(© Kip Mistral 2018. Horsewoman Petting Dog by Alfred de Dreux.)
Recently I was asked by the lovely folks at www.horsesandfoals.com to contribute to their “expert roundup” to answer the following two questions:
1. How do you bond with your horse so that you can get him/her to trust you? and 2. What is your best tip for bonding with a new horse?
For me, the answer to both questions is the same…Take Time. Give Respect. Show Appreciation. Create Partnership. I love this quotation…
“…and I whispered to the horse;
trust no man in whose eye
you don’t see yourself reflected
as an equal.”
Don Vincenzo Giobbe
A natural life for a horse is to walk along slowly in or near a group of other horses, browsing and grazing for many of the 24 hours in a day. Studies have estimated that horses in a natural setting travel between 12-20 hours a day in this casual way. The majority of humans, unfortunately, must take that natural lifestyle away from horses, confine them in small living spaces, and put them “to work” doing “a job.” Different individuals and even breeds of horses, by their innate physical, mental and emotional characteristics, may accommodate or tolerate these expectations of ours, but if you were to ask them if they would prefer to “go to work” rather than “go graze with my friends”, I think they would give the same answer as you or I would. Who wouldn’t rather do something relaxing and pleasant rather than “go to work” and face the pressure and even unpleasantness that concept connotes?
On the other hand, I have seen many horses enjoy their partnerships with their humans–even if their “work” is truly demanding–if they feel that they are respected and appreciated for their contribution to the partnership and their common purpose, whatever it is. My long experience with horses has proven to me unquestionably how extremely intelligent, sensitive, generous and gracious horses are in general. They give so much, and so beautifully, that it is easy for humans to take advantage of them, even accidentally.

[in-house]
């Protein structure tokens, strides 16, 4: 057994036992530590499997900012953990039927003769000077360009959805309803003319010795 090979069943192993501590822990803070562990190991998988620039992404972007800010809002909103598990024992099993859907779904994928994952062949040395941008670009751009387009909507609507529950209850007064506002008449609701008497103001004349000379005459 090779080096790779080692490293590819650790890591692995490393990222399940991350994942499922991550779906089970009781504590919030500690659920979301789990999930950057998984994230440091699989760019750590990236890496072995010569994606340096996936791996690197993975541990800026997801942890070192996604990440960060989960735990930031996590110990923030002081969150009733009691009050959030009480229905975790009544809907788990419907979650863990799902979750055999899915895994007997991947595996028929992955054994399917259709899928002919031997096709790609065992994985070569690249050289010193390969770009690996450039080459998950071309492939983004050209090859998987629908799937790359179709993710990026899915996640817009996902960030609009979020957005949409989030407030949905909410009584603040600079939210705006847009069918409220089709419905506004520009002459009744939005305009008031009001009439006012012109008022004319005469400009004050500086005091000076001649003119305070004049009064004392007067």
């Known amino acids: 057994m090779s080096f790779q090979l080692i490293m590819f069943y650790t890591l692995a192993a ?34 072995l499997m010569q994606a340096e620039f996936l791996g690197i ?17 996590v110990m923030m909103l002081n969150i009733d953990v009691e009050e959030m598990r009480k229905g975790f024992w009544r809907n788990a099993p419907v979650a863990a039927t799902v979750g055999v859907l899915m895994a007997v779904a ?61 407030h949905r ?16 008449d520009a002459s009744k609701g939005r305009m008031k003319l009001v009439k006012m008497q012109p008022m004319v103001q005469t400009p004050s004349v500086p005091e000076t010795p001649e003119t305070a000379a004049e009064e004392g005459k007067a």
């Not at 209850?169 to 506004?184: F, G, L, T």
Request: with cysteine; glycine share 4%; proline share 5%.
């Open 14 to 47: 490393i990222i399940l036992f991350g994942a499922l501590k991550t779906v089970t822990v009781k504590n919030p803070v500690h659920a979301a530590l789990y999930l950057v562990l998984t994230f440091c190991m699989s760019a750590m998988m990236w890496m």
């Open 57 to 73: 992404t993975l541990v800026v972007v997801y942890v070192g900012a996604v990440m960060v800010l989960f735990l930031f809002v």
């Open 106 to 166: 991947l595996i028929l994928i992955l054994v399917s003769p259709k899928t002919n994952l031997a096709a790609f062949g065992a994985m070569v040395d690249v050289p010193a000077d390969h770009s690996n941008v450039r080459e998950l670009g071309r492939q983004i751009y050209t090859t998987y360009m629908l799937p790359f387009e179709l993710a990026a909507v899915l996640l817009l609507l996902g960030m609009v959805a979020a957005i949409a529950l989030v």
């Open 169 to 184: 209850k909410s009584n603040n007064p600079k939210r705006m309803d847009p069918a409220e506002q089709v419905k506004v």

In the case of horses, we so often expect them to mold themselves to our world and do as they’re told unquestioningly. Some horses are unbelievably smart and are great problem solvers. This type of horse will get great satisfaction out of being of service to his partner and that common purpose of theirs. Depriving the partnership of their contribution is very demoralizing to these horses and they can get very checked out, or even resentful and angry. Understanding what is important to your horse, believing in him, and acting on both those principles, will go a long way to giving him the feeling of being understood.
And what is important to horses? The same things that are important to us in our human relationships.
Consistency: A good partner does what they say they are going to do and can be depended on to always do that, or “renegotiate.” We can more easily trust someone who has values that they consistently uphold.
Justice: A good partner knows their partner’s limits and treats him/her with fairness. [And a good horseman always takes “the blame.” Because if horses trust you, they will try for you. If they fail, it was not their fault.]
Community: A good partner is observant and nurturing, as they say, “slow to anger and quick to forgive”, and doesn’t hold grudges. Horses live in the present moment. If they have to set boundaries with another member of the herd, they do it swiftly and with real intention, they speak their mind, they take their space, and then it’s over and everyone goes back to eating.
And what to “do” while you are practicing how to be a human “being” instead of being a human “doing” with your in-the-present horse? Take off your watch; don’t think about the time. Take him for long walks and figure out how he sees the world. Without letting him forget his manners and drag you around, let him pick out interesting things to eat along the way to give variety to the typical domestic horse’s very static and boring diet. Giving them even this little bit of freedom of choice can give them a real feeling of gratitude to you…”You understand me!” Scratch him/her in the places that he/she can’t reach. You see horses in pasture together all the time exchanging these services. It’s a friendly thing to do.
Some horses like being groomed, but others don’t. If yours does, you can use it as a reward. If he doesn’t, then keep grooming to a minimum and find something else that he likes. Find out from spending time on the ground and watching your horse’s reactions how he thinks and what he worries about. Be polite and considerate; don’t offend your horse in the same ways that you would like to not be offended. The lighter aids you use, the more the typical horse will listen, if you have taken the time to create a partnership of equality.
The horse will be just as invested in the outcome as you are, if you take the time, make the time, to become partners.
See the entire “roundup” article here: https://horsesandfoals.com/how-to-bond-with-your-horse/ .